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Campus Life & Inclusive Excellence

Health & Counseling Center

Health Promotion


Well-Being Range

What is Well-Being?

Well-being is the on-going process of reflecting on and engaging with your values and actions to help you thrive now and into the future.

Well-being consists of a self-defined and holistic range of dimensions that are interconnected. Understanding our well-being helps us to navigate the peaks and valleys that are a natural part of life. We have defined 8 dimensions of well-being; check them out below:

8 Dimensions of Well-Being:

Emotional- Identifying, expressing, and managing your entire range of emotions, experiences, and vulnerabilities.

Intellectual- Seeking to expand knowledge, skills, and creative abilities for the sake of learning.

Physical- Pursuing regular movement, a nutritious diet, adequate sleep, and practicing consistent preventative behaviors.

Social- Establishing a sense of connection and belonging to others and your community through positive interpersonal interactions.

Career- Engaging in work that is meaningful, enjoyable, and aligns with personal values.

Environmental- Living in and contributing to a safe, healthy, and sustainable environment.

Spiritual- Understanding your core values, how you make meaning of what happens to you, and what provides you with comfort and relief.

Financial- Developing a relationship with money and skills for managing resources.

Tips and Campus Resources

Emotional Well-being

Emotional Well-being

Emotional Well-being encompasses optimism, self-esteem, self-acceptance, and the ability to experience and cope with feelings independently and interpersonally. Emotional well-being includes practicing self-care, fostering inner resources and resiliency, finding unique ways of coping with stressors, creating satisfying relationships and setting boundaries, empathizing with others, being realistic about expectations and time, and knowing when to ask for help.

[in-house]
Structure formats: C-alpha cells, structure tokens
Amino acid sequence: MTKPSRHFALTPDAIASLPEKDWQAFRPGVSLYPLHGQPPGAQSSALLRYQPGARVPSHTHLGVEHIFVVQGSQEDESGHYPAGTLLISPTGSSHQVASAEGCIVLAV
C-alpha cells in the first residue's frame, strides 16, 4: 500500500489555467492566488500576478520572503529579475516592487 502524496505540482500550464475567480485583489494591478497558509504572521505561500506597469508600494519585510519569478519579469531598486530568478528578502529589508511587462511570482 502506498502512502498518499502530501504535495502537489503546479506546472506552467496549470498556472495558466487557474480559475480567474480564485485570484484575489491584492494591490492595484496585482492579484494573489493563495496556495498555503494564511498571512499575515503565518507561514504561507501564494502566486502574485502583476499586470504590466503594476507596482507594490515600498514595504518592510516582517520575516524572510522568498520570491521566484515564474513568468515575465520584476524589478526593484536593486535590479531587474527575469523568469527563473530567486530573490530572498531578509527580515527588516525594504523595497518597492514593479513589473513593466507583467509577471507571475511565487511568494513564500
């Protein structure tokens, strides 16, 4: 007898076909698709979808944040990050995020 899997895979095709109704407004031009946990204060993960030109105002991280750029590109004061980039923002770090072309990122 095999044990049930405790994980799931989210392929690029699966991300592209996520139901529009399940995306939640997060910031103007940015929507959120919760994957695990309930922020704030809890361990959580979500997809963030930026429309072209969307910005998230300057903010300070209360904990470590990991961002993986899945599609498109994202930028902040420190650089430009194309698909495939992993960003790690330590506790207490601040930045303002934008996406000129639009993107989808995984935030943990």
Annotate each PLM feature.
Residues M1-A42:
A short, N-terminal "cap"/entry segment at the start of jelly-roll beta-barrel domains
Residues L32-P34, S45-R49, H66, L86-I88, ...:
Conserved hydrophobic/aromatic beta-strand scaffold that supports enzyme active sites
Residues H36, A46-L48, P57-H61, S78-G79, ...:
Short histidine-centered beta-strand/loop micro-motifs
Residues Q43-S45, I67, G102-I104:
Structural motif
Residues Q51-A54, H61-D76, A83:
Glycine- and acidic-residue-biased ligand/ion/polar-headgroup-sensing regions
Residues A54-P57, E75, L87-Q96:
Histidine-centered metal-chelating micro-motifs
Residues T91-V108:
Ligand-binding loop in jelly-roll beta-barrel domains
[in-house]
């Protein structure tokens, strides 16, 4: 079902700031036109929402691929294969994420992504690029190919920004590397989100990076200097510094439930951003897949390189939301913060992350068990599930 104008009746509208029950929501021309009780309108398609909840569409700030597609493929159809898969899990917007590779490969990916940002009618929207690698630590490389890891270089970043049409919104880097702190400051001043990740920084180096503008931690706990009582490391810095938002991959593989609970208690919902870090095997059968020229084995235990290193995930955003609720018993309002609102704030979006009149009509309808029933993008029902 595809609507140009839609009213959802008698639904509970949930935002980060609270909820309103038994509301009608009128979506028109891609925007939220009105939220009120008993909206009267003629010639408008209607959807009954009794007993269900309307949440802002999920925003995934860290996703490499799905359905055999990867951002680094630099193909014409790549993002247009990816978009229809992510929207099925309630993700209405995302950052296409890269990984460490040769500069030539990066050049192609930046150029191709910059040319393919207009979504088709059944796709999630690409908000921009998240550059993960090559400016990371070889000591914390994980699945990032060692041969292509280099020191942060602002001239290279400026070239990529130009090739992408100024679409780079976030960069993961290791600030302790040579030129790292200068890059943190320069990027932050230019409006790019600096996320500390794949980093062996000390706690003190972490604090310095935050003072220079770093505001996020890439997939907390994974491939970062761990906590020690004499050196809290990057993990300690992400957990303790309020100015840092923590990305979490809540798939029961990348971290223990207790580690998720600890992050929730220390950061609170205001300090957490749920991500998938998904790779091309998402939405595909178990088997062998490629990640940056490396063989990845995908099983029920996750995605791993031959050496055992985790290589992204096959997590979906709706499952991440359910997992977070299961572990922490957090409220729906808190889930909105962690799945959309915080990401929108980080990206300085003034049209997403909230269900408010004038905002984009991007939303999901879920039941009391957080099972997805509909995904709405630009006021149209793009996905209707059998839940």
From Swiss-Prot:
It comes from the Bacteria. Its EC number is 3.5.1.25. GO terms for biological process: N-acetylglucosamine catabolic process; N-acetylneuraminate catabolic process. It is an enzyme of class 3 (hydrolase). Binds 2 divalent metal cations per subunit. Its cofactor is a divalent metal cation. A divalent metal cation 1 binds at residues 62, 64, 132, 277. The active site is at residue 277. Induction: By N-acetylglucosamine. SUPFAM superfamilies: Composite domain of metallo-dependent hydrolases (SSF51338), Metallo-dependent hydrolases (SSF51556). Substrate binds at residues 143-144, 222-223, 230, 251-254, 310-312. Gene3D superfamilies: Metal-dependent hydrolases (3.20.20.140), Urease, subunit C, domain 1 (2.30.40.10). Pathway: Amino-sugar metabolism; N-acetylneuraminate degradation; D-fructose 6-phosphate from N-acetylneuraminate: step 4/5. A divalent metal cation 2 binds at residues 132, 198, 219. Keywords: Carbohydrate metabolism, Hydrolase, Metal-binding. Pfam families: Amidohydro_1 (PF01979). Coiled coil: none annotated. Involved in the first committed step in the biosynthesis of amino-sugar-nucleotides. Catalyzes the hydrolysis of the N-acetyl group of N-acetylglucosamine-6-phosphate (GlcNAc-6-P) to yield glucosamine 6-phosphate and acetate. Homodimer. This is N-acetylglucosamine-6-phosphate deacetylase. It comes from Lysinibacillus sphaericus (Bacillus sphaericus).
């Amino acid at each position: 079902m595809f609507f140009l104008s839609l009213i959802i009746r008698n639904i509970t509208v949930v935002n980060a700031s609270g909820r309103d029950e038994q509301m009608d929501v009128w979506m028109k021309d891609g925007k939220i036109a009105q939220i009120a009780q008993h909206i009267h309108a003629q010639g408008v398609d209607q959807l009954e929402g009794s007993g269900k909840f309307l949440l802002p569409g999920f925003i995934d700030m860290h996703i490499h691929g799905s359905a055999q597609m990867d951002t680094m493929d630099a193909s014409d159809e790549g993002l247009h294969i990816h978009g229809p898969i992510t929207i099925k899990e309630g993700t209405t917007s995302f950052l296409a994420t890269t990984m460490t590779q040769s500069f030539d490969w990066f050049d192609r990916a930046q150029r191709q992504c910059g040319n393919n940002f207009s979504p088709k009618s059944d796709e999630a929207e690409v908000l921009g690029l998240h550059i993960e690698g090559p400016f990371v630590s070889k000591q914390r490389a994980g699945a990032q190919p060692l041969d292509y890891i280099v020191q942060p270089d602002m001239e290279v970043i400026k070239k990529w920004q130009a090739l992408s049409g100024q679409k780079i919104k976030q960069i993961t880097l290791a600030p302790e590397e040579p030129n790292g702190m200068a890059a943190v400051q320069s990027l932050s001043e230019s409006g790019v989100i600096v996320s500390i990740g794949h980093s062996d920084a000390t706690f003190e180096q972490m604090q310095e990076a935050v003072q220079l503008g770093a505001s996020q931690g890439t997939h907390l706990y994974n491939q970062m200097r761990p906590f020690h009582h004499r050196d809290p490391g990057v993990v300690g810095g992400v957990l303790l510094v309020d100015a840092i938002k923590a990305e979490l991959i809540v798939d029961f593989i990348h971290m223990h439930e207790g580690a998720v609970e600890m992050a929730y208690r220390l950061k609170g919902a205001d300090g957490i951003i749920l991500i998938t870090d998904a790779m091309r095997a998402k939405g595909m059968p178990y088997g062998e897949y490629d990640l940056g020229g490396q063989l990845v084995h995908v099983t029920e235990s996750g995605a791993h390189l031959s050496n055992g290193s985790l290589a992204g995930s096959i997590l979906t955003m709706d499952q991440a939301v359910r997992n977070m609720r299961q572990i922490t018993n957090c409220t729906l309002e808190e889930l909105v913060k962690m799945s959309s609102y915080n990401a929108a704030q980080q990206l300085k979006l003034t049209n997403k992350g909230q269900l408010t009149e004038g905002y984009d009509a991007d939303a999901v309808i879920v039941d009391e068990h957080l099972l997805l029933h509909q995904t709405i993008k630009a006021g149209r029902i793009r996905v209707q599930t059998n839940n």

How can I work on Emotional Well-being?

  • Take time for yourself. Be sure to set aside time for activities that help you relax and relieve stress. Looking for a podcast or app recommendation for mental health? Check out this link.
  • Don't be afraid to ask for help! Call or visit the Health & Counseling Center (HCC) to schedule a confidential counseling appointment. You can also call the HCC after hours to speak with a counselor on call.
  • Learn more about stress and check out some tips for managing it here.
  • Need resources for yourself or a friend, but unsure of where to start? Submit a Student Outreach & Support (SOS) Referral to get connected.

Campus Resources

Intellectual Well-being

Intellectual Well-being

Intellectual well-being encourages participating in mentally stimulating and creative activities. Intellectual well-being is not limited to the classroom. It is the ability to think critically, reason objectively, and explore new ideas and different points of view. Intellectual well-being emphasizes lifelong learning and inspires curiosity.

How can I work on Intellectual Well-being?

  • Visit Academic Advising to schedule an appointment with an advisor or academic coach for support in navigating classes, gaining new study skills, and planning your time here.
  • Take advantage of resources at Anderson Academic Commons such as the Research or Writing Centers.
  • Visit the Innovation Labs to take a woodworking workshop or learn to use the 3D printers.
  • Learn about offerings out of the Newman Center and see a show.
  • Go to office hours or ask a professor to coffee to talk about their path and interests.

Campus Resources

Physical Well-being

Physical Well-being

Physical well-being is not just the absence of illness, but about maintaining a lifestyle that supports your health and ability to thrive. This includes adopting habits such as routine medical exams, immunizations, sexually transmitted infection (STI) screenings, getting adequate sleep, maintaining a balanced diet, committing to regular movement or activity, and more. Physical well-being is also about minimizing risky behaviors. Physical well-being is about discovering what habits make you feel better and suit your lifestyle.